The Galleria Borghese is definitely a not-to-miss for art lovers, though they do pretty well move you on through the exhibits with reservation-only entries (you must book at least a few days ahead, we did so online once we arrived in Rome) and visits limited to 2 hours–quite strictly, mind you.  We like to linger and read lots of the descriptions, and truly listen to all the audio guide options, i.e. actually “get to know” the art.  We’re not art snobs, mind you, but we do enjoy learning and when you’re kept to a strict timeline, well, it can be unnerving.  The highlight for me, as usual, was the sculpture, particularly Bernini’s Apollo and Daphne.  The adjacent gardens are also very nice and afforded a leisurely stroll with plenty of people watching, gelato-eating, and Peroni-drinking opportunities.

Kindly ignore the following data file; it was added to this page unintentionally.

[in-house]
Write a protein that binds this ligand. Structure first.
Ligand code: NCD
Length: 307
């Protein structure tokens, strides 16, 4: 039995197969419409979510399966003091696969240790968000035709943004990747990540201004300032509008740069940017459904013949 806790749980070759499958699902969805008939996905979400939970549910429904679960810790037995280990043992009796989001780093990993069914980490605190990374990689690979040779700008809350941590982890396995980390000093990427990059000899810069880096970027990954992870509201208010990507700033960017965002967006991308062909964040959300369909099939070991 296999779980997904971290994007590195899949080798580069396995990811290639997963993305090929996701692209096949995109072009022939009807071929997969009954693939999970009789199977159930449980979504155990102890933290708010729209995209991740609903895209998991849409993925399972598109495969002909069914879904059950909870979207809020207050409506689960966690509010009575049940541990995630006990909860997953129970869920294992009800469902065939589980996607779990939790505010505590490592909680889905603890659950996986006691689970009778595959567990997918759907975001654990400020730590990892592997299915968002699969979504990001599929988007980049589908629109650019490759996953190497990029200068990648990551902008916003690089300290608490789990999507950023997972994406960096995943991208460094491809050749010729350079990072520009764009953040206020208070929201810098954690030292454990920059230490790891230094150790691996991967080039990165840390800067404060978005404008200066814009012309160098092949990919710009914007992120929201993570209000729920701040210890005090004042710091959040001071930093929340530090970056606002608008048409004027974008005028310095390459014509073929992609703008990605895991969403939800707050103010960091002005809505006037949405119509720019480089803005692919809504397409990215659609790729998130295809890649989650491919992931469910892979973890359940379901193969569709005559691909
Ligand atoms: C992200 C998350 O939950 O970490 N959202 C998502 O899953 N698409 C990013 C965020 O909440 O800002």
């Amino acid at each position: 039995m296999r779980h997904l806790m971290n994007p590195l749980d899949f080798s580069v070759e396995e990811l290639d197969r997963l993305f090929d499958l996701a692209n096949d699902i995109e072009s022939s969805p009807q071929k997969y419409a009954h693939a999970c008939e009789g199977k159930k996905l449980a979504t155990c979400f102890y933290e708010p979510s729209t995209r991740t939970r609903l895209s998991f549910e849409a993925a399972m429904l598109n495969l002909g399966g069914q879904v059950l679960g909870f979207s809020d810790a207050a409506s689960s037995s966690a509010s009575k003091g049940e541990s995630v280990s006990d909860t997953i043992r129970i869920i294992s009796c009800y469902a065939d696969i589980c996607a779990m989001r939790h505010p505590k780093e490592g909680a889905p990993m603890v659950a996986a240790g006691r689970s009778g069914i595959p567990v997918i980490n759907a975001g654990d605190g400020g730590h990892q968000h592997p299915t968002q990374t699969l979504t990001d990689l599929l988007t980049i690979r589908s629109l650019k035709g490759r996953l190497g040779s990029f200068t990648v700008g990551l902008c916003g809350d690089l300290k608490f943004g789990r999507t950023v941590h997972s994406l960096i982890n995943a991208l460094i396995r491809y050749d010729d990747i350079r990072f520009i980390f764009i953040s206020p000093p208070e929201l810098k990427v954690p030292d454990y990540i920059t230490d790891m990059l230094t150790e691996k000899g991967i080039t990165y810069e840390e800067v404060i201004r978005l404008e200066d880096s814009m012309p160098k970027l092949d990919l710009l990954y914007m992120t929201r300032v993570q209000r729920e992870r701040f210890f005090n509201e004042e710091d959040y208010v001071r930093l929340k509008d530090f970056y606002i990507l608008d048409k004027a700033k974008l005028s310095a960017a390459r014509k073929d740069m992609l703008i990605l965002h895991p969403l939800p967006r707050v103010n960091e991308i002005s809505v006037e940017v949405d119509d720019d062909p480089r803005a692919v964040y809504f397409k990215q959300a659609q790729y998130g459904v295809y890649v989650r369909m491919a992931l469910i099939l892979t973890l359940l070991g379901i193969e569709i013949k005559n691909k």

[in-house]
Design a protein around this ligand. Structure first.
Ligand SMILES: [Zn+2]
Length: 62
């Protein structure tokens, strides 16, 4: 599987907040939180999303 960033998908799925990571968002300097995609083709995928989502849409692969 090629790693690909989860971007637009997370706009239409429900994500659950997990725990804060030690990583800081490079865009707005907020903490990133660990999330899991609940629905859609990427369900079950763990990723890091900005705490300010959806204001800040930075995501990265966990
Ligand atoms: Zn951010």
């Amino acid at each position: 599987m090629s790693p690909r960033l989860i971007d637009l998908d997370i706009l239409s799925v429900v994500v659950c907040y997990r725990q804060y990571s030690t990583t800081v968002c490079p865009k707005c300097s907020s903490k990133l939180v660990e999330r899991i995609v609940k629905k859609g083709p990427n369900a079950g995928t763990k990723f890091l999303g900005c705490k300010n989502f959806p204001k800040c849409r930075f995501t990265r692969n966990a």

Now the Scavi tour of the Vatican–for me–will be one of those life-events I will always remember.  I won’t get all philosophical on you now, but do keep in mind two things about me: first, I’m a life-long Catholic, and second, I lost both of my parents last year.  The Scavi tour takes you beneath St Peter’s Basilica to the ancient Roman cemetery where tradition holds that Saint Peter was buried after he was crucified in the nearby Nero’s Circus.  The first few centuries after Peter’s crucifixion, early Christians–still being persecuted–venerated his grave in secret.  After Constantine legalized Christianity, successive monuments, then churches, were built upon the site, basically burying the original site under centuries of construction.  The existence of Peter’s actual tomb became somewhat more tradition than a known fact, so in the early 20th century the pope ordered archaeological excavations (scavi) beneath St. Peters’ to see what of the traditions could be validated.  Long story short, not only was an ancient Roman cemetery located, but also the grave site of an obviously prominent and venerated early Christian was located, pretty much precisely below the altar of the modern church and fitting early historical descriptions.  Furthermore the grave contained the remains of a 1st century man.  Are these the remains of Saint Peter himself?  The church has remained aloof on a definitive statement of such affirmation; some things must be left to faith after all.  It was here, directly beneath the altar of Saint Peter’s, in front of what might be the remains of Peter himself, that I fulfilled my Dad’s request.